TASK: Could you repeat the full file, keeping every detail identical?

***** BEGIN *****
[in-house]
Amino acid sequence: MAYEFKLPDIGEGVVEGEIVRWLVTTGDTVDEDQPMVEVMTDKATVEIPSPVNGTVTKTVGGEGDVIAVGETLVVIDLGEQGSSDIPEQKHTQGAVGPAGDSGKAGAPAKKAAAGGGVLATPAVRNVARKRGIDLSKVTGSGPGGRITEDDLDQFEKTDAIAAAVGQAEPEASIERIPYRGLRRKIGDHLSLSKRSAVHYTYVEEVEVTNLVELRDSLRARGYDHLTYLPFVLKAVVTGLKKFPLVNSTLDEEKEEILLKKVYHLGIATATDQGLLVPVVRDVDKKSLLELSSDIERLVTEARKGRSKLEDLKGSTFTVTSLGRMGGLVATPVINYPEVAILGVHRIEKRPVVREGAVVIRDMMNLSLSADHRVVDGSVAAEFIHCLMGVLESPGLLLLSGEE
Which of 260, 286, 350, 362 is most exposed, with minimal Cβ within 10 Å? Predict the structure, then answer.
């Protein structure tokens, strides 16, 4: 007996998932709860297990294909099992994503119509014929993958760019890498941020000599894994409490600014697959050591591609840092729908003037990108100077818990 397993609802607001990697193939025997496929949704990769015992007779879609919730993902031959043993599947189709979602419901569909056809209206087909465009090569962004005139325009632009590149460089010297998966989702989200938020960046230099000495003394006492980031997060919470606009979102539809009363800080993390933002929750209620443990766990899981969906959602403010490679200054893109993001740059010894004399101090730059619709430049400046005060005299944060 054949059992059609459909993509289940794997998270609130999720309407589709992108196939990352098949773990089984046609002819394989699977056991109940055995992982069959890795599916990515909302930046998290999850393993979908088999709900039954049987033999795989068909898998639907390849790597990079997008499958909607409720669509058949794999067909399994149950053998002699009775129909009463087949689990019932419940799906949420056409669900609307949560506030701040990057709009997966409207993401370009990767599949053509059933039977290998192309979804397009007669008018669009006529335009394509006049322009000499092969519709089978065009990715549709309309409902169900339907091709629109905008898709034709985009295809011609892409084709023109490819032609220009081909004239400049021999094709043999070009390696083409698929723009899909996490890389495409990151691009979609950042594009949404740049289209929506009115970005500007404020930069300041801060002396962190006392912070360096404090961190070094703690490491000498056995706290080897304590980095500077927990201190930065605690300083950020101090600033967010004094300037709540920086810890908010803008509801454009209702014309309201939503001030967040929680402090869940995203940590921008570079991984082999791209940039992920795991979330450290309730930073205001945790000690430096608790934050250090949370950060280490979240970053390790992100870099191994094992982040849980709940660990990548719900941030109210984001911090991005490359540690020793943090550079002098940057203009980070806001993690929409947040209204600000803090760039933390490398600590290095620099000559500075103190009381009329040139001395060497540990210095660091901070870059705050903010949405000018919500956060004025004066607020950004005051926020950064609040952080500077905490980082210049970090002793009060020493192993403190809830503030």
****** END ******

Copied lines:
[in-house]
Amino acid sequence: MAYEFKLPDIGEGVVEGEIVRWLVTTGDTVDEDQPMVEVMTDKATVEIPSPVNGTVTKTVGGEGDVIAVGETLVVIDLGEQGSSDIPEQKHTQGAVGPAGDSGKAGAPAKKAAAGGGVLATPAVRNVARKRGIDLSKVTGSGPGGRITEDDLDQFEKTDAIAAAVGQAEPEASIERIPYRGLRRKIGDHLSLSKRSAVHYTYVEEVEVTNLVELRDSLRARGYDHLTYLPFVLKAVVTGLKKFPLVNSTLDEEKEEILLKKVYHLGIATATDQGLLVPVVRDVDKKSLLELSSDIERLVTEARKGRSKLEDLKGSTFTVTSLGRMGGLVATPVINYPEVAILGVHRIEKRPVVREGAVVIRDMMNLSLSADHRVVDGSVAAEFIHCLMGVLESPGLLLLSGEE
Which of 260, 286, 350, 362 is most exposed, with minimal Cβ within 10 Å? Predict the structure, then answer.
């Protein structure tokens, strides 16, 4: 007996998932709860297990294909099992994503119509014929993958760019890498941020000599894994409490600014697959050591591609840092729908003037990108100077818990 397993609802607001990697193939025997496929949704990769015992007779879609919730993902031959043993599947189709979602419901569909056809209206087909465009090569962004005139325009632009590149460089010297998966989702989200938020960046230099000495003394006492980031997060919470606009979102539809009363800080993390933002929750209620443990766990899981969906959602403010490679200054893109993001740059010894004399101090730059619709430049400046005060005299944060 054949059992059609459909993509289940794997998270609130999720309407589709992108196939990352098949773990089984046609002819394989699977056991109940055995992982069959890795599916990515909302930046998290999850393993979908088999709900039954049987033999795989068909898998639907390849790597990079997008499958909607409720669509058949794999067909399994149950053998002699009775129909009463087949689990019932419940799906949420056409669900609307949560506030701040990057709009997966409207993401370009990767599949053509059933039977290998192309979804397009007669008018669009006529335009394509006049322009000499092969519709089978065009990715549709309309409902169900339907091709629109905008898709034709985009295809011609892409084709023109490819032609220009081909004239400049021999094709043999070009390696083409698929723009899909996490890389495409990151691009979609950042594009949404740049289209929506009115970005500007404020930069300041801060002396962190006392912070360096404090961190070094703690490491000498056995706290080897304590980095500077927990201190930065605690300083950020101090600033967010004094300037709540920086810890908010803008509801454009209702014309309201939503001030967040929680402090869940995203940590921008570079991984082999791209940039992920795991979330450290309730930073205001945790000690430096608790934050250090949370950060280490979240970053390790992100870099191994094992982040849980709940660990990548719900941030109210984001911090991005490359540690020793943090550079002098940057203009980070806001993690929409947040209204600000803090760039933390490398600590290095620099000559500075103190009381009329040139001395060497540990210095660091901070870059705050903010949405000018919500956060004025004066607020950004005051926020950064609040952080500077905490980082210049970090002793009060020493192993403190809830503030």